“Abolition of Repression.”
Legates, friends, comrades, brothers, and sisters. Greetings!
There can be no serious consideration of the subject of prison abolition in America without reflection on the work of black feminist scholar activist Dr. Angela Y. Davis who, in 2003, published Are Prisons Obsolete? by Seven Stories and Open Media Press.
Her work is the ubertext, the forerunner of works on the abolition of the oppressive spectacle of prison, especially in the era of mass incarceration.
Early in her text, Professor Davis recounted her memories of the early sixties: a period of American history when black radicals were imprisoned for their work in the black liberation movement, among which was Angela Davis herself.
She wrote: “When I first became involved in anti-prison activism during the late sixties, I was astounded to learn that there were then close to 200,000 people in prison. Had anyone told me that in 3 decades, 10 times as many people would be locked away in cages, I would have been absolutely incredulous. I imagine that I would have responded something like this: ‘As racist and undemocratic as this country may be’—remember, during that period, the demands of the civil rights movement had not yet been consolidated—’I do not believe that the U.S. government will be able to lock up so many people without producing powerful public resistance. No, this will never happen, not unless this country plunges into fascism.'”
That’s the insight and vision of Dr. Angela Y. Davis. My thinking really tracks hers, for as one who came to consciousness during the sixties, the explosion of the prison population was quite unthinkable. But history sometimes takes unforeseen forks in the road, leading us to unforeseen destinations.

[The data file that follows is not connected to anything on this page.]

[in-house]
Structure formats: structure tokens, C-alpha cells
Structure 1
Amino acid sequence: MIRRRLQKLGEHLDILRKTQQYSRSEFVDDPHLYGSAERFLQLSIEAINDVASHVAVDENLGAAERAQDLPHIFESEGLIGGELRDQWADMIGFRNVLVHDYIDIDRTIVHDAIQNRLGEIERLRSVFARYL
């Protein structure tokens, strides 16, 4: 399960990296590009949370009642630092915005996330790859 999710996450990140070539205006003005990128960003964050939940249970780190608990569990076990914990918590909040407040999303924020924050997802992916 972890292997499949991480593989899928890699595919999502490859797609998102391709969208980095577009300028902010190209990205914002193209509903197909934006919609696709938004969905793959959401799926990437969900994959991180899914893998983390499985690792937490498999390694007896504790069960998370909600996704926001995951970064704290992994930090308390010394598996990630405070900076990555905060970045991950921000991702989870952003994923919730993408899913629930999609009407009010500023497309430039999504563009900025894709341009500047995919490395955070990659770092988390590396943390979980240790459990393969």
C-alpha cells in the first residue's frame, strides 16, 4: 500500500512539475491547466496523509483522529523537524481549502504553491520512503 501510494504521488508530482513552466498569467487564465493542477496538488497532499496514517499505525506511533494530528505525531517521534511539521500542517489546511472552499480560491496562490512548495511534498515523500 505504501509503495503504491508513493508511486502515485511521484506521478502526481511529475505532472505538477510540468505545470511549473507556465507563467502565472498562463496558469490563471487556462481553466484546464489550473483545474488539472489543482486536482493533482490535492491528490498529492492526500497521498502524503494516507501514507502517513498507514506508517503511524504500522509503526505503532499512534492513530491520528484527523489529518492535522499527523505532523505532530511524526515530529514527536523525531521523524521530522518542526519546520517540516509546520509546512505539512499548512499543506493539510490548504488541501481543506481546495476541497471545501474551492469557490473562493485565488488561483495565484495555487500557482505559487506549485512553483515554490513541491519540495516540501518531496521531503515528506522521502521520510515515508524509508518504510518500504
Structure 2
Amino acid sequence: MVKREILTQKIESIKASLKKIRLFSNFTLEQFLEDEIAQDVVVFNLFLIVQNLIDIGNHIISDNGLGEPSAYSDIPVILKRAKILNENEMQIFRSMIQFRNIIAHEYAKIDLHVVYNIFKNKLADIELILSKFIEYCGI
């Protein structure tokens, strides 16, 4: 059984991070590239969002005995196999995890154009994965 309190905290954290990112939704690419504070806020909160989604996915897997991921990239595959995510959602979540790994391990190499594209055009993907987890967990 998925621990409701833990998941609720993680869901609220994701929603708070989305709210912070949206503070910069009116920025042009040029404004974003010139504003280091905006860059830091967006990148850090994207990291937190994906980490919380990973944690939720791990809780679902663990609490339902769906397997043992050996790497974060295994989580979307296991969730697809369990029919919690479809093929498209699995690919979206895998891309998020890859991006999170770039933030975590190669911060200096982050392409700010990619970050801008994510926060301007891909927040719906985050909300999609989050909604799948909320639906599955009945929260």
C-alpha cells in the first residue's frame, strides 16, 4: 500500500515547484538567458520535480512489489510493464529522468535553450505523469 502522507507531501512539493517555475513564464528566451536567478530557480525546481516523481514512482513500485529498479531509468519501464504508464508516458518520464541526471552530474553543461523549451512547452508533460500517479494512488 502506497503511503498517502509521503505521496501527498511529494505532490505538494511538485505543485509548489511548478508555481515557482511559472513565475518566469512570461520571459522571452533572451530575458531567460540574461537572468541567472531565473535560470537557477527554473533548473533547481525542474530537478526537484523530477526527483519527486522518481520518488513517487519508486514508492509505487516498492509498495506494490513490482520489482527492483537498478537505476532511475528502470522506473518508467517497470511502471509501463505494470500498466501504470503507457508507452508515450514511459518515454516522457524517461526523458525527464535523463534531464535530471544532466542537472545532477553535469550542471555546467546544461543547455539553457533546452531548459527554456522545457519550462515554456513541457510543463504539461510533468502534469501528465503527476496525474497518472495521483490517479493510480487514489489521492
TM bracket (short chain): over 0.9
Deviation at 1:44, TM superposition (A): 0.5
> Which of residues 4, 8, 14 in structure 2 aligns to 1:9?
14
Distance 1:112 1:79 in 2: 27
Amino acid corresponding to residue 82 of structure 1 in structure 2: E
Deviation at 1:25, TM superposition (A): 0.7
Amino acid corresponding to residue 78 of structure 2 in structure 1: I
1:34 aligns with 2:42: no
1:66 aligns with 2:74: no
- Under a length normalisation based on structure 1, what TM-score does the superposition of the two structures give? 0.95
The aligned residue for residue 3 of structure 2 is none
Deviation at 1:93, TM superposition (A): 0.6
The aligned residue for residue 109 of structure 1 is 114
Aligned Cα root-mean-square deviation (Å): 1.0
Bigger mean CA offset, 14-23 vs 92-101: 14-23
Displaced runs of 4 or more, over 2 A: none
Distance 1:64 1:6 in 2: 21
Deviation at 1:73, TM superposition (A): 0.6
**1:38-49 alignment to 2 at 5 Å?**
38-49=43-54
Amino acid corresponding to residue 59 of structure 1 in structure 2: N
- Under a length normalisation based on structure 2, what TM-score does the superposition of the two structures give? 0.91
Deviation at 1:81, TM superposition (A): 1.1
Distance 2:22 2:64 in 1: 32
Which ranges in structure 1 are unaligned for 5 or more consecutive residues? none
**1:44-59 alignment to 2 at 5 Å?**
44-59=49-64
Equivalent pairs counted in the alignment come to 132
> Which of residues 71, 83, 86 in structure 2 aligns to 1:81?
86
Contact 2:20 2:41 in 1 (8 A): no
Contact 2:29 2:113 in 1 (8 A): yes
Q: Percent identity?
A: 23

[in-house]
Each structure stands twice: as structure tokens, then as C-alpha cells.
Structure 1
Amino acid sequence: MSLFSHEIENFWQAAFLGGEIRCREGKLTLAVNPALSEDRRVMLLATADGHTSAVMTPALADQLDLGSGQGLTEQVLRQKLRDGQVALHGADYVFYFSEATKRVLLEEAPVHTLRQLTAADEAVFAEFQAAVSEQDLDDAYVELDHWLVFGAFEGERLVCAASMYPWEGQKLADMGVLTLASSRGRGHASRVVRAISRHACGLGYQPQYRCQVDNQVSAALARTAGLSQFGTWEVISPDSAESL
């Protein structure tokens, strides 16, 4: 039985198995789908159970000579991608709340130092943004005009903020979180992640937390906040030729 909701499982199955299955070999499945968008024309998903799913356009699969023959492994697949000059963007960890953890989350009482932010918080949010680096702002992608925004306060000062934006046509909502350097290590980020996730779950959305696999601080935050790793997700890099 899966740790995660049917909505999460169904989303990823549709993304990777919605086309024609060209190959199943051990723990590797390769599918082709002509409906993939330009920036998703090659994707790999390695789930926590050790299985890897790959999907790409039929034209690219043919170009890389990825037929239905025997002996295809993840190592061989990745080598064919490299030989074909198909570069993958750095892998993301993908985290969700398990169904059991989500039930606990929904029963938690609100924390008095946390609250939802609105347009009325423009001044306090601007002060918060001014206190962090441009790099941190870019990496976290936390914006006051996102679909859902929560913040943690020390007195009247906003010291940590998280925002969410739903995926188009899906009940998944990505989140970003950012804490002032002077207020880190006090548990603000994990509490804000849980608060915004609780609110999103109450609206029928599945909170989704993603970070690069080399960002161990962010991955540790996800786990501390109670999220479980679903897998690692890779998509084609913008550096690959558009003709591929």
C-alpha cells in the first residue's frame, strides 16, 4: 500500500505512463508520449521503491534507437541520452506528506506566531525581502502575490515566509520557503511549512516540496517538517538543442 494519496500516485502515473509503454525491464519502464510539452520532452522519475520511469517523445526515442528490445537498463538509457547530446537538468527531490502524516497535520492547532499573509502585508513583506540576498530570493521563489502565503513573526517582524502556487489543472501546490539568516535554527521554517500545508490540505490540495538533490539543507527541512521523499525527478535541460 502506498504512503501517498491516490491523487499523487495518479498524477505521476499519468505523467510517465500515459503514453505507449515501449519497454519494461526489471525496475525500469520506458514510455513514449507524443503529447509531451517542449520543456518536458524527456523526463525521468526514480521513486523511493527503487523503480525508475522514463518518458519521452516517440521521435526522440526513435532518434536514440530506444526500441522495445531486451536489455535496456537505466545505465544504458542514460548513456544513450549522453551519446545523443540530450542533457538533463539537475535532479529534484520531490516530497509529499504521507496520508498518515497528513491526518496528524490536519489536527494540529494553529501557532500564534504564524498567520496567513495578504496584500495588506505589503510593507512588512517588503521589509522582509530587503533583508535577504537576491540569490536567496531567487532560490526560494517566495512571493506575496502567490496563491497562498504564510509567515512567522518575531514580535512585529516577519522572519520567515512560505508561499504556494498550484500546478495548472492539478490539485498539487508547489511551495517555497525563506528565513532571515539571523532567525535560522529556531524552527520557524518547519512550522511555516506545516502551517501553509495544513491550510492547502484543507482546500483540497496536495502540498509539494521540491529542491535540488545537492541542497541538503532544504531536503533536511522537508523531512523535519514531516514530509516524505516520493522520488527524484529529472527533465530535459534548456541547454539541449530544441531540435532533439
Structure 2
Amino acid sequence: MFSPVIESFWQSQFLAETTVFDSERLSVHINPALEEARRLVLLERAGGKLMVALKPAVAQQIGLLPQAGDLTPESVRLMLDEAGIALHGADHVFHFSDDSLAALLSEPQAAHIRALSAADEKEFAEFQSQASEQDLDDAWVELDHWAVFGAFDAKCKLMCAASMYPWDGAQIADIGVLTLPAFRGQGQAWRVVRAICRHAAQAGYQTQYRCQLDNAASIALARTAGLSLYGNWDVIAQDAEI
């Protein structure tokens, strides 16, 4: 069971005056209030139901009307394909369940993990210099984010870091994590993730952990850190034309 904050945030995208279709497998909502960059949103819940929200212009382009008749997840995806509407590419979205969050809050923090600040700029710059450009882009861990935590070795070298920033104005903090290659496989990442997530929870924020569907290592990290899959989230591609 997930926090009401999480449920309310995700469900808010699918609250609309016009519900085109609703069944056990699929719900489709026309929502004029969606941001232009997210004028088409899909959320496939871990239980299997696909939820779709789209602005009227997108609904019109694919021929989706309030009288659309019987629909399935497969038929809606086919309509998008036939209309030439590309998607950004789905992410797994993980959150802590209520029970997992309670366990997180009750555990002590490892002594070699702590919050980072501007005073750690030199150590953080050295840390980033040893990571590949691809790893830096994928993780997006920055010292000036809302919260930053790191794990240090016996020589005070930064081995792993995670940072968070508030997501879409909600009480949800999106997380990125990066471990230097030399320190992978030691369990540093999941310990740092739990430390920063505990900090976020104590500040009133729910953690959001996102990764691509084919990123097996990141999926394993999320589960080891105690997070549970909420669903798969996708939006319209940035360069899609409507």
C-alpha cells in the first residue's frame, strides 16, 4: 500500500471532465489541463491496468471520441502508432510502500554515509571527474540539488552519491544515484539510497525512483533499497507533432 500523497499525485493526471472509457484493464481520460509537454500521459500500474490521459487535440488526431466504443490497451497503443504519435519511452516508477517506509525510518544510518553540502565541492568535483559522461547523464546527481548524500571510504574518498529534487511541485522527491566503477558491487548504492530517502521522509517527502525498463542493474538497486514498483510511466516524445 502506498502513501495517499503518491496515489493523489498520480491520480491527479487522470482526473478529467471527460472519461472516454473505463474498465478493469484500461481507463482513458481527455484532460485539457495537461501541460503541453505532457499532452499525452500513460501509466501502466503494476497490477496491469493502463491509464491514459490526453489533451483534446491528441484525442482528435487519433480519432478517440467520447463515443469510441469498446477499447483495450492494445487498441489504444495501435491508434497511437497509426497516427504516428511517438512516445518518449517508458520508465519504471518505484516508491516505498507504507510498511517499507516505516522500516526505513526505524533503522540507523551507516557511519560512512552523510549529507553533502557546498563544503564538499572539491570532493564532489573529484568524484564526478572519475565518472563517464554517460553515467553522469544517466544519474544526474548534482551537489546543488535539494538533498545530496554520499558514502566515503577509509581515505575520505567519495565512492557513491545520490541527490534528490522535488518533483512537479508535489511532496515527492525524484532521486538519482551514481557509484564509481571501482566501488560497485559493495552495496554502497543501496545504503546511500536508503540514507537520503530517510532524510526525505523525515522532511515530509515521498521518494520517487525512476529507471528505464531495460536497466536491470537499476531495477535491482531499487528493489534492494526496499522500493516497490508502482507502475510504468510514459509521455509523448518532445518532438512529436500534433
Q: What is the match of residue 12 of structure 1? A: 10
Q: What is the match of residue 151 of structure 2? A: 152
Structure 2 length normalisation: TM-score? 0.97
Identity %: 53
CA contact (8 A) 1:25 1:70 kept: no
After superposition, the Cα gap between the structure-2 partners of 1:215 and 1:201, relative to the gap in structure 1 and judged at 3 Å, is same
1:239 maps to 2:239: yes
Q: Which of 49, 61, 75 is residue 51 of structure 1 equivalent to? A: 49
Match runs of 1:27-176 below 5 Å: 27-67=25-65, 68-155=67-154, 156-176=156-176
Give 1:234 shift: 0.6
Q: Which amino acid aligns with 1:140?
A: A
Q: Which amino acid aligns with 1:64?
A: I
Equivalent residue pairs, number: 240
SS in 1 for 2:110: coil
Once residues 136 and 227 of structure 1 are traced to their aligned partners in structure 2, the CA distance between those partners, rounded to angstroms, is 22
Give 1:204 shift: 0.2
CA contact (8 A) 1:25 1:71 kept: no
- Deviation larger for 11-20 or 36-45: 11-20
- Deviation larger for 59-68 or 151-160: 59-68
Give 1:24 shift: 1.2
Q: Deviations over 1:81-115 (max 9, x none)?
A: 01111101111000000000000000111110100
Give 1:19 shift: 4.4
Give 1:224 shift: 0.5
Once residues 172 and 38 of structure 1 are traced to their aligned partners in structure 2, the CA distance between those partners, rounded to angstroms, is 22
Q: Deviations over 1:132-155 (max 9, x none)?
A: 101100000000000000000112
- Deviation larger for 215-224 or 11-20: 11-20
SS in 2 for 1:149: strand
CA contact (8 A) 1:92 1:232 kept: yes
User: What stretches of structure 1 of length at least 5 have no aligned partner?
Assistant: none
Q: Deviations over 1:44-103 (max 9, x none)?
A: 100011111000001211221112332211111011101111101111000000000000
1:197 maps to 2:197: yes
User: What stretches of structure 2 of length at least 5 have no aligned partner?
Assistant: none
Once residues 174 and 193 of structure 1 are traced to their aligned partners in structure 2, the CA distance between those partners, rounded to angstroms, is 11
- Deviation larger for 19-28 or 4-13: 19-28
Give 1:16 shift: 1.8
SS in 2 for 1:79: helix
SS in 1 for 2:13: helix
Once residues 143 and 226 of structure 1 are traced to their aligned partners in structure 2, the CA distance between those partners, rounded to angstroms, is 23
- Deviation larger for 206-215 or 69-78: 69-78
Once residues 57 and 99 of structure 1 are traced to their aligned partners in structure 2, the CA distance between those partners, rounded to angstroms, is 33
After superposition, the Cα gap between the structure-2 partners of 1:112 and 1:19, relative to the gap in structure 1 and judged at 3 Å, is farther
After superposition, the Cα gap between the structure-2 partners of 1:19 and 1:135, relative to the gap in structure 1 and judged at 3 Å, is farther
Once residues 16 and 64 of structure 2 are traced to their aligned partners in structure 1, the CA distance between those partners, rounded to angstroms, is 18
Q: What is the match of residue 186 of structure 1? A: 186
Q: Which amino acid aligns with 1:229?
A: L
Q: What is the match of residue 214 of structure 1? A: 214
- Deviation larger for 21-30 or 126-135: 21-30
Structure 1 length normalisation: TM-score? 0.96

The notorious drug war launched by the late president Richard Nixon was the toll gate leading to this unprecedented road to perdition by way of mass incarceration. His call for a drug war had immense impact on millions of lives and predominantly black and brown communities.
It is ironic in the extreme that the U.S. is now undergoing another unprecedented drug crisis. This time, by an explosion of opioids like oxycodone and fentanyl, drugs more powerful than heroin.
But the addicts are largely white and rural, and their drugs are lethal. According to recent published reports, some 70,000 people addicted to these drugs die per year in the U.S. But the drug dealers wear white coat and have pain prescriptions to service their drug clients.
These drug users, unlike those in the ghettos of America, aren’t treated with derision or contempt. They’re treated with love and compassion and they, if they survive, aren’t sent to prison, they are asked to enter rehab clinics instead.
The movements that emerged from the rebellion of Ferguson, MO have reemerged in the Black Lives Matter movement, and many BLM affiliates have embraced abolition to address the issue and the rigors of mass incarceration.
And Pennsylvania, we’ve seen the rise of a statewide movement called Decarcerate, which is today fighting for release of thousands of lifers in state prisons. These activists, many of them young enough to be the grandchildren of the sixties generation, are continuing the long struggle for freedom by dismantling the tentacles of mass incarceration.
But we are now at the emergence point of that movement, not its end. Sadly, there is more work to be done.
From imprisoned nation, this is Mumia Abu-Jamal.
These commentaries are recorded by Noelle Hanrahan of Prison Radio.